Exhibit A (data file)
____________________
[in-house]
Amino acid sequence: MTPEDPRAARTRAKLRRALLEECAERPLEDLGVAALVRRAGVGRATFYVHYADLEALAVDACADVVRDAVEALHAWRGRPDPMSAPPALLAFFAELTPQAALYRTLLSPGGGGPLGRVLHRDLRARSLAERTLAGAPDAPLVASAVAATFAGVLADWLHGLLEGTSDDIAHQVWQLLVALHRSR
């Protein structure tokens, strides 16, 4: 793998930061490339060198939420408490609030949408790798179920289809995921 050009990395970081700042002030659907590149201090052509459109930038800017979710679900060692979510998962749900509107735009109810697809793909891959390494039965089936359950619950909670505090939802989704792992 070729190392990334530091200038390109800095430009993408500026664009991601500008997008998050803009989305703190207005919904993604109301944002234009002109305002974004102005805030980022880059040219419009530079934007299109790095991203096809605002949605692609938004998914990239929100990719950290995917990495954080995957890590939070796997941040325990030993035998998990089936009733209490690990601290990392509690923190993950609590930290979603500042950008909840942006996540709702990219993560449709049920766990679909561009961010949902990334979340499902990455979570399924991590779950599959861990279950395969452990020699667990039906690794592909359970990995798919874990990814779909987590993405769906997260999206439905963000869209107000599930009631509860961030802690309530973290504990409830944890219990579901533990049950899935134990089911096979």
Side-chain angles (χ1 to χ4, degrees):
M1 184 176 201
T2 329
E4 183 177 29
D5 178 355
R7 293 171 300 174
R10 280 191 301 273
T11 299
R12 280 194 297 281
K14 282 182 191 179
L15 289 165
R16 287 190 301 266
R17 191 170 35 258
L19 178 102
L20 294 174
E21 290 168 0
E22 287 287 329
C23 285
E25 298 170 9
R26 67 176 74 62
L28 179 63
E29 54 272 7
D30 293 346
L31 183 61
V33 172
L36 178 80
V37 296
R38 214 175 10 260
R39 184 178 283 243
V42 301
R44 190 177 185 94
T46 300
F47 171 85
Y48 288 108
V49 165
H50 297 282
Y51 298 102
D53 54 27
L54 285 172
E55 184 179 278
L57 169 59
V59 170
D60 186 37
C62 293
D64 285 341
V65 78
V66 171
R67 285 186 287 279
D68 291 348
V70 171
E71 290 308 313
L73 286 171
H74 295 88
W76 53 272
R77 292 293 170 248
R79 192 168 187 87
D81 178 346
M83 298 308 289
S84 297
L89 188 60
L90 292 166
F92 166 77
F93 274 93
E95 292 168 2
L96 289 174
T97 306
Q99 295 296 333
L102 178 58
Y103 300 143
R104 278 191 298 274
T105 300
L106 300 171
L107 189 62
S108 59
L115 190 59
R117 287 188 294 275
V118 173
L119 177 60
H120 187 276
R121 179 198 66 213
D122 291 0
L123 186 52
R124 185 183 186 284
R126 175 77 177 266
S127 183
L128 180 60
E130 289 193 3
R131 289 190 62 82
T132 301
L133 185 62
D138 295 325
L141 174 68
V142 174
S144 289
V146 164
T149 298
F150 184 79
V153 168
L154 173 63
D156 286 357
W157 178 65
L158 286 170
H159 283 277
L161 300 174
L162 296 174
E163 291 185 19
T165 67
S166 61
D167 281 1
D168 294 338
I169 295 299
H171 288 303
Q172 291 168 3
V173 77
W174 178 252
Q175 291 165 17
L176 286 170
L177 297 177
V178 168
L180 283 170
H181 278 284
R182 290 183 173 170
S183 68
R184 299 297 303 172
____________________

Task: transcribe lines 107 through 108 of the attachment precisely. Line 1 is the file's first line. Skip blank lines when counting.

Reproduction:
L161 300 174
L162 296 174